Several years ago, I got them out and read . . . in varying degrees of abject horror, dismay, embarrassment, chagrin, and heartbreaking regret.

    Who was this guy?!? Who in the hell did he THINK he was!! Most of the letters were signed with a first name or perhaps just an endearing term, and probably one of the worst elements in this pitiable exercise, was that in many cases I COULDN'T REMEMBER THE LAST NAMES!!

    Needless to add, my story will remain forever untold.

    By Dana Riley Black

    From Seattle, WA, 03/30/2008

    Oh John! I was running errands on Sunday and driving around Greenlake when I heard this story. I had to wonder if the summer camp photo you spoke of was from leadership camp - I wonder if I'll ever get a chance to get a true summertime tan again now that I'm a working parent!

    So our "moving box" story. I went to graduate school in Ohio, and my then fiance (now husband, Ben), was in graduate school in Massachusetts. After graduating we both got jobs in Massachusetts. Ben found us a place to live, moved in and unpacked just before I moved out there. The small place was great - it was ours, our first place, AND, we each had our own closet in the bedroom.

    Ben had a daily "uniform" - Redwing Boots, Levis, a black t-shirt and a vest. He owned at least one back-up for each article of clothing. One night when getting ready for bed and putting something away in his closet, we noticed that the backup pair of Redwings looked as if the heels had been chewed on. "Oh man," I thought, "there are rats in this condo!" "I know what it is," said Ben, and then he proceeded to dig through the bottom of HIS closet -- I had never seen the bottom of his closet, and the bottom of his closet contained HIS BOX. As I watched him empty out his box, I learned that there was so much still to learn about him! Out of the box came a bunch of SAAB car parts "We don't have a SAAB I pointed out to him, do you really need those?" "We may have a SAAB someday," he replied. "Of course," I thought. Then came a bunch of copy machine parts. "What are those for?" I asked. "Those are parts for when I build a charisma-metor." (I soon learned that in high school he had made a promise with a friend to someday build a charisma-meter, a devise to measure charisma, and he was still collecting potential parts.) The digging in the box went on, and I didn't ask many more questions about the stuff that came out - mind you he had flew the box with all of this stuff across the country from Seattle on a poor graduate student budget. Finally, he found a half-filled bottle of a liquid. "Here, I've found it, this is what has made my Redwings look as if they've been chewed on!" "What?" I asked. "Its a bottle of acid, the vapors ate away at the rubber on the boots" he claimed. "Of course," I thought. "Why do you have acid?" I asked. "In case I need to clean any mortar, you know, like when you are building with bricks" he replied. "Of course," I thought, everyone needs to be prepared for that.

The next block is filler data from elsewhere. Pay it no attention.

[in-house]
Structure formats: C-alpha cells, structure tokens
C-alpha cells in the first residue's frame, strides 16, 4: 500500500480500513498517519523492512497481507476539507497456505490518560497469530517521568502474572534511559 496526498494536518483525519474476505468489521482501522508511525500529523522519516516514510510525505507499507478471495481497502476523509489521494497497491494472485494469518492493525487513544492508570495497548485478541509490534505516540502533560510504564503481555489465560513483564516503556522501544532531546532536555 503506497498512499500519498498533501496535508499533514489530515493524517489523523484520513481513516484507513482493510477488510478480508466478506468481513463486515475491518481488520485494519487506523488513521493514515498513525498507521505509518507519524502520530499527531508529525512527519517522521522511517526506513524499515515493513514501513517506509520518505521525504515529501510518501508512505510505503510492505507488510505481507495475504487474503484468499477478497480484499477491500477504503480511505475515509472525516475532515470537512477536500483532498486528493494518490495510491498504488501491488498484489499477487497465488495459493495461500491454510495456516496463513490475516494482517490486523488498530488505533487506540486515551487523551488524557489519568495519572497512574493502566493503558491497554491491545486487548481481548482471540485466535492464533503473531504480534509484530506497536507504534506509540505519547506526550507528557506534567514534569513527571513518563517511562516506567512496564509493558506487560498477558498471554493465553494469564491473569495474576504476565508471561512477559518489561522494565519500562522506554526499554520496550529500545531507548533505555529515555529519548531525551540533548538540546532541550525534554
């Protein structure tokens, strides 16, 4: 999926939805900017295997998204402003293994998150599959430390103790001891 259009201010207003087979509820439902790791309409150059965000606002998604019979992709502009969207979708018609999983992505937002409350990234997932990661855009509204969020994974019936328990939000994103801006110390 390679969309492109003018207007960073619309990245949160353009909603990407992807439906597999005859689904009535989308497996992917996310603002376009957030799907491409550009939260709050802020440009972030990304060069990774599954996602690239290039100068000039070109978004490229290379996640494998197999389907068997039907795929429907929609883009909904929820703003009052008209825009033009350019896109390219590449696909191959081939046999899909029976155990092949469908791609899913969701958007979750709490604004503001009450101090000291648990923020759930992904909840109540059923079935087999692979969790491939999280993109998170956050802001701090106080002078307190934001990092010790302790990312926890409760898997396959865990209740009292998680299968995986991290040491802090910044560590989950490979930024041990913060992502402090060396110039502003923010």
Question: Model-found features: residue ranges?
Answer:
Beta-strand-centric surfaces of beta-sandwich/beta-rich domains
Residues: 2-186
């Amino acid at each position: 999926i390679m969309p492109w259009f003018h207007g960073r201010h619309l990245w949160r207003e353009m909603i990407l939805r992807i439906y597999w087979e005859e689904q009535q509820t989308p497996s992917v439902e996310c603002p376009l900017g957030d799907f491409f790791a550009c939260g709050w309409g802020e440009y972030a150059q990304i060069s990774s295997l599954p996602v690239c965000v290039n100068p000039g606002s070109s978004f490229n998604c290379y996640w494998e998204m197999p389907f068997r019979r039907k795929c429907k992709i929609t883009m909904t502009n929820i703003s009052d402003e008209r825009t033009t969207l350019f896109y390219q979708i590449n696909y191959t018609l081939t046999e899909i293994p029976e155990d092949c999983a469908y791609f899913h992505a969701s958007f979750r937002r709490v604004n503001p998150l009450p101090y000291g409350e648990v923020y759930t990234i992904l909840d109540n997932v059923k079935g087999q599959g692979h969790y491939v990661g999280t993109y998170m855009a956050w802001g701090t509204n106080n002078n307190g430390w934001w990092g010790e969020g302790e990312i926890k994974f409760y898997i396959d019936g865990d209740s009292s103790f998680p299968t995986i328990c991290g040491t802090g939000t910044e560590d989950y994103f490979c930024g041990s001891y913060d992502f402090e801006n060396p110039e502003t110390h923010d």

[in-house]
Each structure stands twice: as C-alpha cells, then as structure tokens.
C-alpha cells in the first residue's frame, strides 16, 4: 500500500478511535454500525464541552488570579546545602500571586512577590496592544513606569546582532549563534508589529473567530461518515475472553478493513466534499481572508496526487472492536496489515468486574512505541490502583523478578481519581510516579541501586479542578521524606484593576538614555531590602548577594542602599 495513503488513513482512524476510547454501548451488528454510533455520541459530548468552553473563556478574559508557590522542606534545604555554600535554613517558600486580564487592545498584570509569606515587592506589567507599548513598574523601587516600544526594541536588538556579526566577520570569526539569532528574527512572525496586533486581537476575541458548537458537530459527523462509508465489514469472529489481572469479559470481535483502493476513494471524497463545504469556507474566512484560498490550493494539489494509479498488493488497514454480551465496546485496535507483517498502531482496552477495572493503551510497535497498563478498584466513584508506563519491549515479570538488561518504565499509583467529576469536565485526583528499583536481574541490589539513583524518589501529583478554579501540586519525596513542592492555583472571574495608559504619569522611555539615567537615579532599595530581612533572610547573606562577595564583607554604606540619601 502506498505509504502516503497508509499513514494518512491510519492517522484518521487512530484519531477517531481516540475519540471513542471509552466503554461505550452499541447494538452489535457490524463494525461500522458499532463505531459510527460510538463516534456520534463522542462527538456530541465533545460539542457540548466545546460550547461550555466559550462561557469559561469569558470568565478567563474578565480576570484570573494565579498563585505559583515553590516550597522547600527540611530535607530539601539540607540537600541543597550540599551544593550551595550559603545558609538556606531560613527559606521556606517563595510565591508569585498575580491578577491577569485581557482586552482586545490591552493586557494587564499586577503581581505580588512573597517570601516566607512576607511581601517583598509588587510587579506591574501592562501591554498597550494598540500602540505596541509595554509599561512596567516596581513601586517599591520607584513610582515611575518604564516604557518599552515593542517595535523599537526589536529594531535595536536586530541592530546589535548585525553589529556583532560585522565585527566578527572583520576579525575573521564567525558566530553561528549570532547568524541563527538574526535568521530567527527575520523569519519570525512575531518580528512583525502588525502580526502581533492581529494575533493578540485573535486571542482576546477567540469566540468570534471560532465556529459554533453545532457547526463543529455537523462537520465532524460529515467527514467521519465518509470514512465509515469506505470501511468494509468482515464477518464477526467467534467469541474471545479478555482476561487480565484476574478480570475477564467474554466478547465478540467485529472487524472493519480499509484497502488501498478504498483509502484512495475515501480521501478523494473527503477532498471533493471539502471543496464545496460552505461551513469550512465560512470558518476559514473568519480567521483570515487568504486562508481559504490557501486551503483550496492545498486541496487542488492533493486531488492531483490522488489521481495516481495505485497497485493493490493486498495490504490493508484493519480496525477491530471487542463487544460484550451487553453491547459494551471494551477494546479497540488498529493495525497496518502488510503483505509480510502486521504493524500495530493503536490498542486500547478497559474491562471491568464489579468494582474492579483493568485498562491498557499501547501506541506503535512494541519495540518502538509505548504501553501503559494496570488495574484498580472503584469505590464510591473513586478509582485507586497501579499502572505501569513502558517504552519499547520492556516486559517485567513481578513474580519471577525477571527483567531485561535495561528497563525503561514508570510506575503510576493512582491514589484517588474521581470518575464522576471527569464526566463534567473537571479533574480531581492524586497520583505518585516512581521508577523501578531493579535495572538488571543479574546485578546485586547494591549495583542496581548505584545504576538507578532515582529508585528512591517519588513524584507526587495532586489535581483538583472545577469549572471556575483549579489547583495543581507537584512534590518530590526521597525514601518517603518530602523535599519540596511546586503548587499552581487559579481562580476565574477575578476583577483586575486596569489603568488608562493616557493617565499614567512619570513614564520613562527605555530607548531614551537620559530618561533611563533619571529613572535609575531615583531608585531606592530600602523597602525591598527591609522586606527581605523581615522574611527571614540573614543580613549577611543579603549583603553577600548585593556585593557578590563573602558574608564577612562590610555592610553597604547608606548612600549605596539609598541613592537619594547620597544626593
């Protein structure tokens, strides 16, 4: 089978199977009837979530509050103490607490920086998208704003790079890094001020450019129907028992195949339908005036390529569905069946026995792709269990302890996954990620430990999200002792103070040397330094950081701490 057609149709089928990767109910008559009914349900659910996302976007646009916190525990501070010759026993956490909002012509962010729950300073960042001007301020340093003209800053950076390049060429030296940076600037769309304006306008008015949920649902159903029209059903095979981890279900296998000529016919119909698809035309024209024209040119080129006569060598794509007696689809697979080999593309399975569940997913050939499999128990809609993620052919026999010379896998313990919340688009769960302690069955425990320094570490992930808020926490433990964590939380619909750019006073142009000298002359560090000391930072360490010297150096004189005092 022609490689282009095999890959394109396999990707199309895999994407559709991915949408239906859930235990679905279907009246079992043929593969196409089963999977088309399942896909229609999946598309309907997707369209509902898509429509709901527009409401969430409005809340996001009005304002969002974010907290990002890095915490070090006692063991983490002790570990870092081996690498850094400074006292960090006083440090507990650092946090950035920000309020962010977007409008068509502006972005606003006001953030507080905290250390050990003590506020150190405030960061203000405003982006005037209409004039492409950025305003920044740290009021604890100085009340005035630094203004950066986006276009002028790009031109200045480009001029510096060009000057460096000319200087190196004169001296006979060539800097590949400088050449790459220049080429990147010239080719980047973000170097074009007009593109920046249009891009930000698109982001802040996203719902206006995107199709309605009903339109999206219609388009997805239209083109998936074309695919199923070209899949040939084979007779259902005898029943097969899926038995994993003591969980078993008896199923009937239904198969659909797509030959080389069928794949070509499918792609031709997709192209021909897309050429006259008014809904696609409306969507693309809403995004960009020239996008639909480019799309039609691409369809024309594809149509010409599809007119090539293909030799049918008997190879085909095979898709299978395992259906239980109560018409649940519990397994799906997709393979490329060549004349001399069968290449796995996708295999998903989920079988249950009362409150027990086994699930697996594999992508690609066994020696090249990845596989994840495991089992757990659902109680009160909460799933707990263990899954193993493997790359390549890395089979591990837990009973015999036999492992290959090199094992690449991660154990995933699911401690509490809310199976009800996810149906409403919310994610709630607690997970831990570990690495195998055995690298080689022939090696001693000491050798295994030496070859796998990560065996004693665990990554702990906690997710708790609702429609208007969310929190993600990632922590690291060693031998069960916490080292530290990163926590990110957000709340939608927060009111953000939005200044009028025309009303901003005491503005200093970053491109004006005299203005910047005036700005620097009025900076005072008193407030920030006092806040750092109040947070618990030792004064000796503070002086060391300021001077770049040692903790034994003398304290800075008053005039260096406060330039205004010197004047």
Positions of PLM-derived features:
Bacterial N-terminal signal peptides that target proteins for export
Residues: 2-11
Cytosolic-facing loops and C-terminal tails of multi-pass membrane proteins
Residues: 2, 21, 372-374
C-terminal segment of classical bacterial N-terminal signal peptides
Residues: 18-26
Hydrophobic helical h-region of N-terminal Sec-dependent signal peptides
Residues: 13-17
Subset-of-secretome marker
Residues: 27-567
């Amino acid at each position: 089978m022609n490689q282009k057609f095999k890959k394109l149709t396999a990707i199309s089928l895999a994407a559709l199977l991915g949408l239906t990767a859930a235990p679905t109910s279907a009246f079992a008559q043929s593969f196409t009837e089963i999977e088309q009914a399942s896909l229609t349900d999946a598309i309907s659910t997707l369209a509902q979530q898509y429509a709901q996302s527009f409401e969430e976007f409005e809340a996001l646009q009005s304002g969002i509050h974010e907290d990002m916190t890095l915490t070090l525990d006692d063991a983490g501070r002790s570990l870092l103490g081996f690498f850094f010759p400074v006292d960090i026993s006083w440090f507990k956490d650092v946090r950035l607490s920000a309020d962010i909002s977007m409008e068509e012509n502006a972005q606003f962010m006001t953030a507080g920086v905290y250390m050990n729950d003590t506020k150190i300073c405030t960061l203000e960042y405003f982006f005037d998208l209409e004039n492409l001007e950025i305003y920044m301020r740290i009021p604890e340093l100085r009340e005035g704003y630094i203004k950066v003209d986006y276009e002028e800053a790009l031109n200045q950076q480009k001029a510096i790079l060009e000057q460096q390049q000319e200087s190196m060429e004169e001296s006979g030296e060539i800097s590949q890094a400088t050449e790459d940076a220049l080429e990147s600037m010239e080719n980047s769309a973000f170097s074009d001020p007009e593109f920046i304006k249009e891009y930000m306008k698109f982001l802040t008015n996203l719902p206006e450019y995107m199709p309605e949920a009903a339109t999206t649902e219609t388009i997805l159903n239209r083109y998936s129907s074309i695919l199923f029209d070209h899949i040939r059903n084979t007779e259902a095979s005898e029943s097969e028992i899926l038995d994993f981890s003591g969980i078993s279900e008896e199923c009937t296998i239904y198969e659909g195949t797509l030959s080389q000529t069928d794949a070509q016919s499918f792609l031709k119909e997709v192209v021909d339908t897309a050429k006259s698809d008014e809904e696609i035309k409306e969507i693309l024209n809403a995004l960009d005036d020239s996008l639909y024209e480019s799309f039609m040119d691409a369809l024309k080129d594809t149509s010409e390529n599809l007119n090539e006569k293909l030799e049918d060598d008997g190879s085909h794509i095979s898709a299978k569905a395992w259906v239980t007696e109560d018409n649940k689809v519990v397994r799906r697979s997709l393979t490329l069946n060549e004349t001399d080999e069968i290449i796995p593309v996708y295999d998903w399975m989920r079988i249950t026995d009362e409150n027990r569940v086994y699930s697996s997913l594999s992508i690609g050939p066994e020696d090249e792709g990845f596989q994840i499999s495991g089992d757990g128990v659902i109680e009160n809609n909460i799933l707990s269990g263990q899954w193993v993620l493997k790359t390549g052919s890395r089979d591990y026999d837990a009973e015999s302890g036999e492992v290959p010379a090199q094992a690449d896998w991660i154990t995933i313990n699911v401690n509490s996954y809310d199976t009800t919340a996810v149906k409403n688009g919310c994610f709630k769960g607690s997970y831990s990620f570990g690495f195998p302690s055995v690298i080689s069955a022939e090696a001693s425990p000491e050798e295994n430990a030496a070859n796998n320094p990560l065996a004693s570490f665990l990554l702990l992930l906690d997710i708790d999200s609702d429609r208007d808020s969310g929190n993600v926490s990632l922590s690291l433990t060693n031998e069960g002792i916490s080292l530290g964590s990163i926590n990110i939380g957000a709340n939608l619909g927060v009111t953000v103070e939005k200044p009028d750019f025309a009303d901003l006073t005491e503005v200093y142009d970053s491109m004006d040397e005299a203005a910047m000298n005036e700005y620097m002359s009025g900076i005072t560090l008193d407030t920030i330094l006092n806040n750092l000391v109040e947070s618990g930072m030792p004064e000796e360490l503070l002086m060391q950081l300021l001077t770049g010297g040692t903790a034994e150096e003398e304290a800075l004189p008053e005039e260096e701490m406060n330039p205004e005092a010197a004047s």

No kidding, that box (without the acid), and several other of similar boxes have moved with us 3 more times. We live back in Seattle now, and those boxes, along with similar collections, are in our basement. I don't go into the basement very often, and when I do, I don't look into any boxes. And, the charisma-metor hasn't yet been built, but parts are still being collected - our six year old son wants to be part of constructing the devise when it is someday built. Oh, and we've not yet purchased a SABB, but I believe we still have those car parts.

    Good luck with your move and your new life in Minnesota!

    By Ann Holiday

    From Seattle, WA, 03/30/2008

    I rooted for the box throughout the piece.
    I too have stuff from the past – tear sheets of most every article I wrote in 25 years as a newspaper reporter and editor, letters from my college years, an issue of The University of Washington Daily in which I had a byline and so did Larry Coryell, who went on to fame not as a journalist but as a guitarist. I keep telling myself I’ll scan the small stuff onto CD-ROMS so I can throw it away – but I don’t.
    I think I keep it all (and have moved it across the country twice) because of one thing that somehow didn’t get saved – my high school English research paper. The topic: The Greenhouse Effect. The year: 1962. I’d really like to re-read what I had to say!

    By Mike Brennan

    From Chicago, IL, 03/30/2008